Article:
Dawson handles Hopkins over 12 rounds

Chad Dawson relieved himself of a burden on his back he carried for several years when he defeated future Hall of Famer Bernard Hopkins in clear and convincing fashion Saturday night. It was far from entertaining, but it was the win Dawson needed to move forward with his career.

Dawson did so in front of a large and vocal partisan crowd. While he had some support, the majority of the 7,000-plus at Boardwalk Hall in Atlantic City came to see the Philadelphia native Hopkins for possibly the last time.

Dawson believed Hopkins avoided fighting him for over three years. He believed Hopkins only fought him last year because he was finally backed into a corner when contracts demanded he fight him after beating Jean Pascal for the WBC light heavyweight title. Dawson said Hopkins faked an injury in their first fight because he was looking to get out of the October 2011 bout, which was declared a no-contest after Hopkins dislocated his shoulder after being thrown to the canvas by Dawson late in the second round.

So, the fighter from New Haven, Conn., came in Saturday night looking to finish what he felt had started years before.

The fight started as slow as possible in the first two rounds, even for two fighters often described as "technical." In Round 3, Dawson began setting the game plan in motion that would control the fight. Hopkins circled and Dawson pressed. When Dawson got within range, he used his long jab to start three or four-punch combinations that may not have landed much leather, but allowed him to win rounds on activity. It was a pattern he used throughout the fight.

Hopkins began to make attempts to assert himself in Round 4. His characteristic straight right and lunge forward found the mark a few times. More importantly, a head-butt from Hopkins opened a cut over Dawson’s left eye that had everyone concerned this one would end prematurely like the last fight. The cut was patched well, though, and never factored into the outcome.

In Round 5, with the cut on his mind, Dawson seemed to fight with some urgency and began being more aggressive. He followed the same plan as stated above, but did so with more speed and more willingness to take risks to attack.

The second half of the fight followed a similar pattern. At times, Hopkins would have mild success with the straight right, but the majority of the fight was controlled by Dawson. He was simply younger, faster, taller, more aggressive and the better fighter at this point of his career. The 47-year-old Hopkins seemed to finally succumb to age and an opponent able to use his youth to overcome the ageless wonder’s ring intelligence. As the rounds went by, more of Dawson’s punches seemed to find the mark, although Hopkins was never hurt at any time.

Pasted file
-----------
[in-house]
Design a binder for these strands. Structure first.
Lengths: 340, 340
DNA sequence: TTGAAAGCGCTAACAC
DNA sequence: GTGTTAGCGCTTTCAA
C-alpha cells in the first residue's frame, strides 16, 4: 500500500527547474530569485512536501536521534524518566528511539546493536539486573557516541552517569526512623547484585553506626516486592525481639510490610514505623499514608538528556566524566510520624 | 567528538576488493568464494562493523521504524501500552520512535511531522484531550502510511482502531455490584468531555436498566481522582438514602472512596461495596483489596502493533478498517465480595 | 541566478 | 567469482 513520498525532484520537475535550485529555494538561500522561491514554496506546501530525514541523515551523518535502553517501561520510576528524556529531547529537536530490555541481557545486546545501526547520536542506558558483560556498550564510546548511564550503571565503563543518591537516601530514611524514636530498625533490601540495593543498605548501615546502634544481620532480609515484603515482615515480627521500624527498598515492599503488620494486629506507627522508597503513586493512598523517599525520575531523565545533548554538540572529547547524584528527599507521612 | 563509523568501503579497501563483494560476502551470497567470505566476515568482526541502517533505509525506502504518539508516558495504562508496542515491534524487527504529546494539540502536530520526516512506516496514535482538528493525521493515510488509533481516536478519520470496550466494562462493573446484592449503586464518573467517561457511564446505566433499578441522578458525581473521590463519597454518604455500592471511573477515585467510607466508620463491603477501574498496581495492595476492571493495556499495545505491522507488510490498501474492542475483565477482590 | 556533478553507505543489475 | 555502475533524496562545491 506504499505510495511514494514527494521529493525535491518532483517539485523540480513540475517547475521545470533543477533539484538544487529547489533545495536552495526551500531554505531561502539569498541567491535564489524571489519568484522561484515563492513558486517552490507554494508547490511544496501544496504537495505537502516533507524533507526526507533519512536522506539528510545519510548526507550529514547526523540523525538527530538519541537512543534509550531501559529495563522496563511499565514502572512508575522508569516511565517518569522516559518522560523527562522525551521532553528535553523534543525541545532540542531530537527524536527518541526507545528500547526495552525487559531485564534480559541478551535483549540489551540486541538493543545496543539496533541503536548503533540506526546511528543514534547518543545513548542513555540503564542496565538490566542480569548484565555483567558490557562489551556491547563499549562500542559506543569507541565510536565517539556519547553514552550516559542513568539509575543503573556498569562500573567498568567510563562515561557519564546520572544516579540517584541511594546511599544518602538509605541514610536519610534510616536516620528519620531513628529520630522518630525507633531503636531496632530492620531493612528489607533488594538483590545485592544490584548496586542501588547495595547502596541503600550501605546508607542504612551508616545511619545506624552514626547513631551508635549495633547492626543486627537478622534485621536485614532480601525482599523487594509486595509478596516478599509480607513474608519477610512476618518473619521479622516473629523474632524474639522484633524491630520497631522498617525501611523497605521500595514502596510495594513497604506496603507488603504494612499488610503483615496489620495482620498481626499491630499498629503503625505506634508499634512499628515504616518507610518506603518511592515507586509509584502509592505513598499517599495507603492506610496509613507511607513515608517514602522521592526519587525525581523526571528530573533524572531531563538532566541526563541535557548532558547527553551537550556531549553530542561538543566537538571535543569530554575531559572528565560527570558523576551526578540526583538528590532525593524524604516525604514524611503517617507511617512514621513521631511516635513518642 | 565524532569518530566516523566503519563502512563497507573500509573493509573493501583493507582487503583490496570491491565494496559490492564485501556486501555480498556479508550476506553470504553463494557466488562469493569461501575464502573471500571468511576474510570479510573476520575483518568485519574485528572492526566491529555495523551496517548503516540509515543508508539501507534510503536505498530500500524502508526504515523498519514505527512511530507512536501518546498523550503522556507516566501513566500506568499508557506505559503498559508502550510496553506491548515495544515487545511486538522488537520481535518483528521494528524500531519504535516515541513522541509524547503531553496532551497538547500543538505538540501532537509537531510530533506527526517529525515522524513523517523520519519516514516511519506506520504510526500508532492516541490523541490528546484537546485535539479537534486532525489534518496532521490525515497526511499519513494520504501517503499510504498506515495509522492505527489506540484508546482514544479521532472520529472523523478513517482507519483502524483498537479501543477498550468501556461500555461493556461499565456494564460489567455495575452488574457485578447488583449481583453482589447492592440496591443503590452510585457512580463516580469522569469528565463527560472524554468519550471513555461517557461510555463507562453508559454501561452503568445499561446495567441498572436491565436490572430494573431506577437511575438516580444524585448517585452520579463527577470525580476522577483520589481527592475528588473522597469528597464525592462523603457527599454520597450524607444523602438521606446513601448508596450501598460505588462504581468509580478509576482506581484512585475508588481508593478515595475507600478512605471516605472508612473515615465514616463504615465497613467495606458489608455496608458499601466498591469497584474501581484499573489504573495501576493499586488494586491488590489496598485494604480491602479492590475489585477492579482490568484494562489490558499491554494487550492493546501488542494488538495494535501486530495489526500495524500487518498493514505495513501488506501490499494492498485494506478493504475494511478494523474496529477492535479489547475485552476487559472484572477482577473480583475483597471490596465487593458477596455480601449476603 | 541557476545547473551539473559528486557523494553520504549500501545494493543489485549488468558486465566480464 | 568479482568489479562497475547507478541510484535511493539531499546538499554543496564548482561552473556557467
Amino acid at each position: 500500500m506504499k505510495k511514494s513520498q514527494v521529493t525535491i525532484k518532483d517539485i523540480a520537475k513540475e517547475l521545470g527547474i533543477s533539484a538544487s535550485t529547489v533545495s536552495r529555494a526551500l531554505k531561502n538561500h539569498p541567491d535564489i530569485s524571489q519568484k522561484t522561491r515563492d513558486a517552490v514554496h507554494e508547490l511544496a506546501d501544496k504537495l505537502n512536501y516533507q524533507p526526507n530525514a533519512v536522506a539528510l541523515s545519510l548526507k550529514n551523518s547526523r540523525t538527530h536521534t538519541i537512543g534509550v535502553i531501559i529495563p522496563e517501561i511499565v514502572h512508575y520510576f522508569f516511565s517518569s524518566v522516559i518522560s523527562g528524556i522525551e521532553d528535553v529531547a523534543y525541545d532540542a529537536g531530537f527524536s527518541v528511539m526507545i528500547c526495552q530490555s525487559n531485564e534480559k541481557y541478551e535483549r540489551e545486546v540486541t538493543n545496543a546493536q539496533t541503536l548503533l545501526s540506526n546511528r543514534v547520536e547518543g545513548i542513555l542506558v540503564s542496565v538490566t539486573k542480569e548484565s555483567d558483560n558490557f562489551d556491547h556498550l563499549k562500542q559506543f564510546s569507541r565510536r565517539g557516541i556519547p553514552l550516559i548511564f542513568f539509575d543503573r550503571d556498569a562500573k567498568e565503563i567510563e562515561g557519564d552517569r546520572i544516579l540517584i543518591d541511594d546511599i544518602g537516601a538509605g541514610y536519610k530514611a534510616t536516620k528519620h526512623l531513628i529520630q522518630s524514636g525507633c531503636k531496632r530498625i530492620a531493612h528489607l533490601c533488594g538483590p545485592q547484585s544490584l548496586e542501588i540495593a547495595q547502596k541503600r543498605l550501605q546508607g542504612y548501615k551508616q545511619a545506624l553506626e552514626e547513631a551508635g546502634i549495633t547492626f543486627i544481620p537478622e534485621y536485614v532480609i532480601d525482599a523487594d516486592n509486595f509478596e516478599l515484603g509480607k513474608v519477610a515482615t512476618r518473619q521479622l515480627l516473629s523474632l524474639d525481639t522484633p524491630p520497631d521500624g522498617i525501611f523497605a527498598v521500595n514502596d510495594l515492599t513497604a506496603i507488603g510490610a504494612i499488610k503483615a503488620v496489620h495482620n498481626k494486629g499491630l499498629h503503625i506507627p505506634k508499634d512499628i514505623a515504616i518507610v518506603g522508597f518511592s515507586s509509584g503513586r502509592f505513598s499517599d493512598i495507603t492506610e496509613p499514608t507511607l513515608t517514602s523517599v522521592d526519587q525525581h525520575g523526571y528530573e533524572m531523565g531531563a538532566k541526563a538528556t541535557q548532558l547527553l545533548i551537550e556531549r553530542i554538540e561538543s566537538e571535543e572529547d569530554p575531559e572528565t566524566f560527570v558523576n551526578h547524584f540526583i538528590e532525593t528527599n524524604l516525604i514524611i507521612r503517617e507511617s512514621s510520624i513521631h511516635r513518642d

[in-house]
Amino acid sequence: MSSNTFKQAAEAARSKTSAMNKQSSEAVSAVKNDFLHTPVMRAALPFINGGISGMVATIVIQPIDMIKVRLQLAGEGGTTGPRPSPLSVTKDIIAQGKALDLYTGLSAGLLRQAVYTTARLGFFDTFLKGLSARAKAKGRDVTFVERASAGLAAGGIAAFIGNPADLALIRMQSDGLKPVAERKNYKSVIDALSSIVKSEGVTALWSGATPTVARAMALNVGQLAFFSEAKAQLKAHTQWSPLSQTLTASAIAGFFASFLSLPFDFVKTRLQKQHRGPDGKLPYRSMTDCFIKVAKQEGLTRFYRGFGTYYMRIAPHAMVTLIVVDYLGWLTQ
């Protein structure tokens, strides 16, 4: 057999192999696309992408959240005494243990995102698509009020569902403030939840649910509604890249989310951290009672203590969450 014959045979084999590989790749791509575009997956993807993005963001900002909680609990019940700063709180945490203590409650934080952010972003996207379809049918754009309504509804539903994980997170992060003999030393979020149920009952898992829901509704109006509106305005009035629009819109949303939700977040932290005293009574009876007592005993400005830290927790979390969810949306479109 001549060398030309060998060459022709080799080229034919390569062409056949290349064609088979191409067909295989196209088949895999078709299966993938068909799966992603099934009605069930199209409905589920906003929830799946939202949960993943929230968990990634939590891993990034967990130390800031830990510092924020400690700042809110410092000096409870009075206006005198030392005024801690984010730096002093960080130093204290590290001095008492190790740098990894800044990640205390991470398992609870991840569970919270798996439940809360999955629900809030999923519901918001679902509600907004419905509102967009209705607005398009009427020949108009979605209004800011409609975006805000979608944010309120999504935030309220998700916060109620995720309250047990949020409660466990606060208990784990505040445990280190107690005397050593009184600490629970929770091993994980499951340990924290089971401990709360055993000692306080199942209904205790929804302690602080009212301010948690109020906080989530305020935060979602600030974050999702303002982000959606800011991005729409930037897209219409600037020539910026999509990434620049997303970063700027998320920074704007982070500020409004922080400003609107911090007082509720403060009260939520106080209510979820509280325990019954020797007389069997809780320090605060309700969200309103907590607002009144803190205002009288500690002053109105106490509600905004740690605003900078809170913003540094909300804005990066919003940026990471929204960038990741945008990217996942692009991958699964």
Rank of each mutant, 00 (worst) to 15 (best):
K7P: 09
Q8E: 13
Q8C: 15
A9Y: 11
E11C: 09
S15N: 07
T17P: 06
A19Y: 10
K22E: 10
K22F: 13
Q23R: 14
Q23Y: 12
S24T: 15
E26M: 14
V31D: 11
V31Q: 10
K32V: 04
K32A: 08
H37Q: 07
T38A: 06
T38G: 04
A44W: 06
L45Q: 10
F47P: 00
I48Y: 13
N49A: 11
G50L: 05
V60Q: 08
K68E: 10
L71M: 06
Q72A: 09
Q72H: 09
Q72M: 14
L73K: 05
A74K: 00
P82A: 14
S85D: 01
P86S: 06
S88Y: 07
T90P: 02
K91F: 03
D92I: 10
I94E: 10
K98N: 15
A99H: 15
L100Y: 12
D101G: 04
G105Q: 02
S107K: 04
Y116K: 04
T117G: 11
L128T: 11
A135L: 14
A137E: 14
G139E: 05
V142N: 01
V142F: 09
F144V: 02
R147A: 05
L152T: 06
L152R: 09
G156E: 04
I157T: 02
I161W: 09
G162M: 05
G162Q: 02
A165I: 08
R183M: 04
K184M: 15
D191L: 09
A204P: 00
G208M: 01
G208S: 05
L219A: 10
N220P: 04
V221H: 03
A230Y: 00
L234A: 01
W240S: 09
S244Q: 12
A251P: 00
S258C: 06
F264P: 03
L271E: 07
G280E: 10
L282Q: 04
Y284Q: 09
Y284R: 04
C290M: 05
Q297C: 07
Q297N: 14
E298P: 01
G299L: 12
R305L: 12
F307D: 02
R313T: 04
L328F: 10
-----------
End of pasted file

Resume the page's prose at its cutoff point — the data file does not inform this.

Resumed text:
Hopkins made a last effort in Round 12, pressing harder than at any point in the fight. But it was far too little, too late for "The Executioner."

"Bad" Chad had already done enough to pull ahead. Judge Steve Weisfeld and Richard Flaherty had it 117-111 for Dawson, while somehow judge Luis Rivera saw it as a 114-114 draw. The Boxing Tribune had it 117-111 as well.

Dawson (31-1, 17 KOs) takes home the WBC and Ring light heavyweight titles and gets past a hurdle he needed to clear to move forward. Afterward he said he would like to take on Andre Ward for his next bout.

For Hopkins (52-6-2, 32 KOs), he may have showed his age, but he has had a career full of incredible performances that is guaranteed to make him a first-ballot Hall of Famer. He was soundly congratulated by the many fans that came to see the legend as he exited the ring.

Afterward at the post-fight press conference, the two heated rivals quickly became civil competitors with each other. Hopkins congratulated Dawson, spoke highly of his abilities and said he expects him to do well in the future with his career and his family.

Hopkins, of course, was asked if he would retire.

"We’ll see what it is. Right now, I feel good," Hopkins said. "I’m 47, my shoulder — my other shoulder — is aching and I’m gonna rest up and take care of myself. Right now, I can’t tell you either or."

Dawson came in the interview room while Hopkins was speaking to pay the appropriate respect to someone who has accomplished what Hopkins has in his career.

"Hey man, you’re a legend," Dawson told Hopkins. "It was a hell of a fight, and you’re definitely a legend in my book."